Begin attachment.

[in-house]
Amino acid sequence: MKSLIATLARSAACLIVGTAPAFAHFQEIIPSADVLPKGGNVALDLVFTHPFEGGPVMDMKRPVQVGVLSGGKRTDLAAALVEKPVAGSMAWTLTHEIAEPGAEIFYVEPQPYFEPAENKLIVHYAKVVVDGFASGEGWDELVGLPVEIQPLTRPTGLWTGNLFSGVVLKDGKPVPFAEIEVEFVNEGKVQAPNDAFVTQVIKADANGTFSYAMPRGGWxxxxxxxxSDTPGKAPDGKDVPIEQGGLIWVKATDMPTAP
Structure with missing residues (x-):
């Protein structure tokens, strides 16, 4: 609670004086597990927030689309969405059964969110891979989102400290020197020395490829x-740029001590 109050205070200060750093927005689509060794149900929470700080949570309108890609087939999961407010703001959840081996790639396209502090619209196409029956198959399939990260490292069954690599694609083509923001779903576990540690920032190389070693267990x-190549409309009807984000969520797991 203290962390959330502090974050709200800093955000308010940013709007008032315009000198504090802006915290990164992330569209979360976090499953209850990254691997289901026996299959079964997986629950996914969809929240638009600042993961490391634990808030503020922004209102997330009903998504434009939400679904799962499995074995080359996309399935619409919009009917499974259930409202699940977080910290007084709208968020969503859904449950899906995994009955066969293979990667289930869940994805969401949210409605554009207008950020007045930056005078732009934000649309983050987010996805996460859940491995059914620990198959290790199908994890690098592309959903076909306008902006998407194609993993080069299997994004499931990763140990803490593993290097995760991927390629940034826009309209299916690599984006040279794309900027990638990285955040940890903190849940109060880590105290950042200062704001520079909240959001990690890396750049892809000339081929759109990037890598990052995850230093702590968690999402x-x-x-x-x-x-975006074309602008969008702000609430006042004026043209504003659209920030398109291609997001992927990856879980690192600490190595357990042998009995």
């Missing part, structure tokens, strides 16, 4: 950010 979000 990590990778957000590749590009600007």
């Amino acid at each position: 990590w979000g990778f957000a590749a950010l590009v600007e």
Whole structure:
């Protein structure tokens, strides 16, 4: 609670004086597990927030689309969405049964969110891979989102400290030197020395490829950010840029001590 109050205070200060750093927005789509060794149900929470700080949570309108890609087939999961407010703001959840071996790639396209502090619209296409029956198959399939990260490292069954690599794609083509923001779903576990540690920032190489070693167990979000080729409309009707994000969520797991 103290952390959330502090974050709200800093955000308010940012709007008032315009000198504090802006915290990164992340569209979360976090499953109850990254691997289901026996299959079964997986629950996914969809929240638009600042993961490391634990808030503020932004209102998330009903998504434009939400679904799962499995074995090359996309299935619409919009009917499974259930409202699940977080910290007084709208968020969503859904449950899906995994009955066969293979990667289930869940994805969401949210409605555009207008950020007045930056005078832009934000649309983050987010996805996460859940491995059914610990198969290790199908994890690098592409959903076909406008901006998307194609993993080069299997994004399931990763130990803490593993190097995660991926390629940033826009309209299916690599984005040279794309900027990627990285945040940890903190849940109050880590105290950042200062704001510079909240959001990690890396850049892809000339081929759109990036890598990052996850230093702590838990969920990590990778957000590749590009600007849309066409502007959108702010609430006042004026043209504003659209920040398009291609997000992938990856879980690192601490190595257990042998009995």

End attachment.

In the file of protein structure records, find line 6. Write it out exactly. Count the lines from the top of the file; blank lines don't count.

């Amino acid at each position: 990590w979000g990778f957000a590749a950010l590009v600007e």